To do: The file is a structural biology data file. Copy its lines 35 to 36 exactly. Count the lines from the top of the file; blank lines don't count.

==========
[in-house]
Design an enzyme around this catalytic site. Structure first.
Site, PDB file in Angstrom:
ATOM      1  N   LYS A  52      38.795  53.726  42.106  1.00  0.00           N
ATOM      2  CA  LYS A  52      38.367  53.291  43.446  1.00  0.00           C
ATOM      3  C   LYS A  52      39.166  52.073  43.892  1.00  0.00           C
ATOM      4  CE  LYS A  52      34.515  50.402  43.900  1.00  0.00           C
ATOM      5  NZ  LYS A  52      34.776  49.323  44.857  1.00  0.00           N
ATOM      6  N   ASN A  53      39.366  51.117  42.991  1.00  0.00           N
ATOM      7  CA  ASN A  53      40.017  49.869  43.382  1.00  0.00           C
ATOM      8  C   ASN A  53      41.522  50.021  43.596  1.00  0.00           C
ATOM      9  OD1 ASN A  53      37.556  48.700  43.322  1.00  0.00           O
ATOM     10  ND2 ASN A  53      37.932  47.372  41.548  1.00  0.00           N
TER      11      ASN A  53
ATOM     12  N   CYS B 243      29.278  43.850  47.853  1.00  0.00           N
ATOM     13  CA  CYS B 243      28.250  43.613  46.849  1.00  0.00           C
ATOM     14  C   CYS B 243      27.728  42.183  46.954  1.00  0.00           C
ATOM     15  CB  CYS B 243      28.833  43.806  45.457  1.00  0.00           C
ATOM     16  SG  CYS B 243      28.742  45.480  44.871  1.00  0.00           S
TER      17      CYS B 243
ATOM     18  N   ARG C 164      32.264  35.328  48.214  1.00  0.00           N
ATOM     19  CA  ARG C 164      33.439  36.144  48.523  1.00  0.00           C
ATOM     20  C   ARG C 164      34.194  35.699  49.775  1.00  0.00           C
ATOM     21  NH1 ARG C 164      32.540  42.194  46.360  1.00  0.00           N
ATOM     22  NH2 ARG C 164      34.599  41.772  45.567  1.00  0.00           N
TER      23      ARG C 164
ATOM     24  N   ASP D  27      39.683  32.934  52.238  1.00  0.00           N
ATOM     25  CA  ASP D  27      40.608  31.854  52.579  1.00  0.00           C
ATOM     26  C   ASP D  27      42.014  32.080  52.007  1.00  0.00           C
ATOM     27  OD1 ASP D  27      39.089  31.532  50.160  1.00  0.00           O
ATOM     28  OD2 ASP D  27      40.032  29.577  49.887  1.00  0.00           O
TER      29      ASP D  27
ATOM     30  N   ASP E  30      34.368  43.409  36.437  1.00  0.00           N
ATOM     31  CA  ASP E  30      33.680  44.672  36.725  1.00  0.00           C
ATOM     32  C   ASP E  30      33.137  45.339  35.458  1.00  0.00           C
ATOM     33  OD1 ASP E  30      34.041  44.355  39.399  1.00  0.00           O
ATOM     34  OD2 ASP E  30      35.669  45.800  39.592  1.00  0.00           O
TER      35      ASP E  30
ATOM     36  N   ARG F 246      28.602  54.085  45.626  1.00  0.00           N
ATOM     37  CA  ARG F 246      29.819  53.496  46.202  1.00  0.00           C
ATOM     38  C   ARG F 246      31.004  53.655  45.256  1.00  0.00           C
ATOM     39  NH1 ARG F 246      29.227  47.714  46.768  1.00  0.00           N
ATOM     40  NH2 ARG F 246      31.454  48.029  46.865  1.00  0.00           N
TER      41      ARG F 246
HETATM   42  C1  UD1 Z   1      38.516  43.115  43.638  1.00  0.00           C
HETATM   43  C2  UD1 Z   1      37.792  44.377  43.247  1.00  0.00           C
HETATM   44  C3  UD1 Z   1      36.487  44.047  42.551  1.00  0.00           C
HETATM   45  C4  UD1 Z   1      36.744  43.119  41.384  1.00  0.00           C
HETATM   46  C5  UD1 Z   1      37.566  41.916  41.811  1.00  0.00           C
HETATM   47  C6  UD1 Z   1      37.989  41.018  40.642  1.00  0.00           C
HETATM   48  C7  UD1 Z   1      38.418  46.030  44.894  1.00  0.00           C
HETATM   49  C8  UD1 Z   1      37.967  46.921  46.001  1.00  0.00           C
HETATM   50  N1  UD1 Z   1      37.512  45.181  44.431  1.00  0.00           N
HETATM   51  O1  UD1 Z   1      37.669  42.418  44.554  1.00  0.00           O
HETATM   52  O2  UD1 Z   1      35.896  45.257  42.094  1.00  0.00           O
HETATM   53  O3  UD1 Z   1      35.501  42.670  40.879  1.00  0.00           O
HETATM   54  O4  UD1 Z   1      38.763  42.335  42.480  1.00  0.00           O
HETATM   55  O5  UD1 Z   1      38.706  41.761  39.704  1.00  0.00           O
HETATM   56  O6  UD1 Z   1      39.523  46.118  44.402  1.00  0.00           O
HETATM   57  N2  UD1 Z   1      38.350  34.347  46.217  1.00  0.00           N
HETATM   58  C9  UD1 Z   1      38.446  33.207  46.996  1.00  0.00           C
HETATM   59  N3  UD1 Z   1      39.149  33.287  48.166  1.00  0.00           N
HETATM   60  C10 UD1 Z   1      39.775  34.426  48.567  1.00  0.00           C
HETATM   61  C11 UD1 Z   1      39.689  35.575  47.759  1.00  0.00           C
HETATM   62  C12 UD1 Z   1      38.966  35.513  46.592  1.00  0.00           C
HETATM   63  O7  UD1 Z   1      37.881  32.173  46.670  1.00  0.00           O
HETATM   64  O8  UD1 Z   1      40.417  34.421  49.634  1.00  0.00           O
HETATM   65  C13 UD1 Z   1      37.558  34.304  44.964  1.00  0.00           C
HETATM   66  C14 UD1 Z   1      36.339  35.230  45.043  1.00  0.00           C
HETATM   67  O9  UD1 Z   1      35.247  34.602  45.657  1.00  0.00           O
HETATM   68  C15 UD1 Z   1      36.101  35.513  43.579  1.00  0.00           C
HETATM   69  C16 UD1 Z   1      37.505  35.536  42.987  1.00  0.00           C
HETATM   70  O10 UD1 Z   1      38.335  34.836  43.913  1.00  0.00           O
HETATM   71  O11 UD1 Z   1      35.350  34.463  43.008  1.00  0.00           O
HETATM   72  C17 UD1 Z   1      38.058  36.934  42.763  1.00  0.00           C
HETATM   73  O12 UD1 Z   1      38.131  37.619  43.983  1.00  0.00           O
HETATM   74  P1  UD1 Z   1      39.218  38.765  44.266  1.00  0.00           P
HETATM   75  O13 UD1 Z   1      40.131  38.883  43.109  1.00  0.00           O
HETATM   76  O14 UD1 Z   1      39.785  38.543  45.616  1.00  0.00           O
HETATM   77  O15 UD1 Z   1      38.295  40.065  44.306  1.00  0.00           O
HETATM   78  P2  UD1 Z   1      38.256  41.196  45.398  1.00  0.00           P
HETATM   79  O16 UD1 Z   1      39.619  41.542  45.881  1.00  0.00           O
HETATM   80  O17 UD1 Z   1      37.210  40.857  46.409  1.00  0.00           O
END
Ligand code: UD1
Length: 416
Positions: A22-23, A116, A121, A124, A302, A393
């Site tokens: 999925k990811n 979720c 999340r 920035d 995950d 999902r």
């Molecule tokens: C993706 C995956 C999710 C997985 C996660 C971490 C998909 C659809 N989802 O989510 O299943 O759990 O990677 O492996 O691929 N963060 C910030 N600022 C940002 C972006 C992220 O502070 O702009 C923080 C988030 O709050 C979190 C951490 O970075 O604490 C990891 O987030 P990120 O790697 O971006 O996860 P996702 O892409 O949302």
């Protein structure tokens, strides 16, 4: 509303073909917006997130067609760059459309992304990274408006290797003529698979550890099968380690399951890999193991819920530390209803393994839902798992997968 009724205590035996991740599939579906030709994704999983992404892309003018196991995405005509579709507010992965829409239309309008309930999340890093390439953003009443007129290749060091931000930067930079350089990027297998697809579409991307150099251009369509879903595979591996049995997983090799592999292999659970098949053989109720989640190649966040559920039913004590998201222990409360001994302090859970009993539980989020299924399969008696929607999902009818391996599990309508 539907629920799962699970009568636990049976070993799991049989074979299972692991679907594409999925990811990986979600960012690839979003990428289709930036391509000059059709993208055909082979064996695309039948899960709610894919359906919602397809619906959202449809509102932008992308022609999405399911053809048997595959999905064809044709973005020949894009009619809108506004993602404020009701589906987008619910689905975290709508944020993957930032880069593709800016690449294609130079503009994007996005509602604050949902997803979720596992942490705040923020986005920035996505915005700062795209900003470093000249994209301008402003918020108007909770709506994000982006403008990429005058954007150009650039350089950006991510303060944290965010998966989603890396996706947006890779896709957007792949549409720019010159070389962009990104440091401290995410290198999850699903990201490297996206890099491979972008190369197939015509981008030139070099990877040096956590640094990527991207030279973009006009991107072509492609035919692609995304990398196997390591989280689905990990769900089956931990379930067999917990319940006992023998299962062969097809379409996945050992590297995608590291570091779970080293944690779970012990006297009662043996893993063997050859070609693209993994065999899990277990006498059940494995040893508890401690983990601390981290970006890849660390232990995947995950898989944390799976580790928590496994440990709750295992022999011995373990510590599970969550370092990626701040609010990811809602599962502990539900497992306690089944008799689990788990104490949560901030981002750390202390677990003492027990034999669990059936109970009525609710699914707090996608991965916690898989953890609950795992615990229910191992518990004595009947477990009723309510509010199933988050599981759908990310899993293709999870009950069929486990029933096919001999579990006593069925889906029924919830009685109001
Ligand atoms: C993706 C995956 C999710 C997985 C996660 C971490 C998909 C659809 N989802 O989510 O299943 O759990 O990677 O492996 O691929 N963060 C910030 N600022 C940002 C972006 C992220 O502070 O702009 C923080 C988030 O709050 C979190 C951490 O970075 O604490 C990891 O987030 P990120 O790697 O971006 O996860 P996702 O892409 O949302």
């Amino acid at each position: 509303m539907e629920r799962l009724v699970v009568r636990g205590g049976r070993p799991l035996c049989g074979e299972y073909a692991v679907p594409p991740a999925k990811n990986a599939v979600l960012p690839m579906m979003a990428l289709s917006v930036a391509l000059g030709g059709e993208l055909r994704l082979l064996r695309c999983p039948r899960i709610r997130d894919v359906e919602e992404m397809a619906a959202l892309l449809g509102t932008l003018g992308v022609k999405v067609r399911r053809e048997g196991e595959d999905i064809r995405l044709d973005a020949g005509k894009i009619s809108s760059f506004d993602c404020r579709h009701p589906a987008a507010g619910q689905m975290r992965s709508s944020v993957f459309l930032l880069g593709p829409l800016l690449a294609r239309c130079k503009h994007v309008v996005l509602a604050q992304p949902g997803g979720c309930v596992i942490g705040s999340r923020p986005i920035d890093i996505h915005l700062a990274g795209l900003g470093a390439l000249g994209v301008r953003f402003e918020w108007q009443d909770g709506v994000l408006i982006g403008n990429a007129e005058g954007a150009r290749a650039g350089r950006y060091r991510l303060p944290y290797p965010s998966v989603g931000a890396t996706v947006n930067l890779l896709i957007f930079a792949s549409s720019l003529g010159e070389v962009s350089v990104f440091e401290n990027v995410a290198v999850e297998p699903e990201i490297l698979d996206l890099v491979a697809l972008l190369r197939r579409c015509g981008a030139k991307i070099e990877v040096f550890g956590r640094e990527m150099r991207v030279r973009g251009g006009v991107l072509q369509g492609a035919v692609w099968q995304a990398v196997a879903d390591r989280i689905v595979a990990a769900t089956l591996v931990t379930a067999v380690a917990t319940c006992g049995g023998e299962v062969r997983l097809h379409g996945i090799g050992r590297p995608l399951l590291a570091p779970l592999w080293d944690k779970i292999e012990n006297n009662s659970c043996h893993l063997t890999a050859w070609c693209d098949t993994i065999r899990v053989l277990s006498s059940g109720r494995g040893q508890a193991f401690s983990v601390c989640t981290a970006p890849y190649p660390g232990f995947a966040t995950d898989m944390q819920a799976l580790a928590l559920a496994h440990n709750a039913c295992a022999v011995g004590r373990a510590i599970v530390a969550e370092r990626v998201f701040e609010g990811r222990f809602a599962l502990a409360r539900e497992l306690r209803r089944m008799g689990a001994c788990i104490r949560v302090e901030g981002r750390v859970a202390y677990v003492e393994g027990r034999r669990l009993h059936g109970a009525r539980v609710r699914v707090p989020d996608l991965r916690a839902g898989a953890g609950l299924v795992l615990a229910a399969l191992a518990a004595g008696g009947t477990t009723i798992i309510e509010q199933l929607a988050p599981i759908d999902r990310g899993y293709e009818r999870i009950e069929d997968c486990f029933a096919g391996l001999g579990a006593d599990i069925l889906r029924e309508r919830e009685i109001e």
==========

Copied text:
ATOM     32  C   ASP E  30      33.137  45.339  35.458  1.00  0.00           C
ATOM     33  OD1 ASP E  30      34.041  44.355  39.399  1.00  0.00           O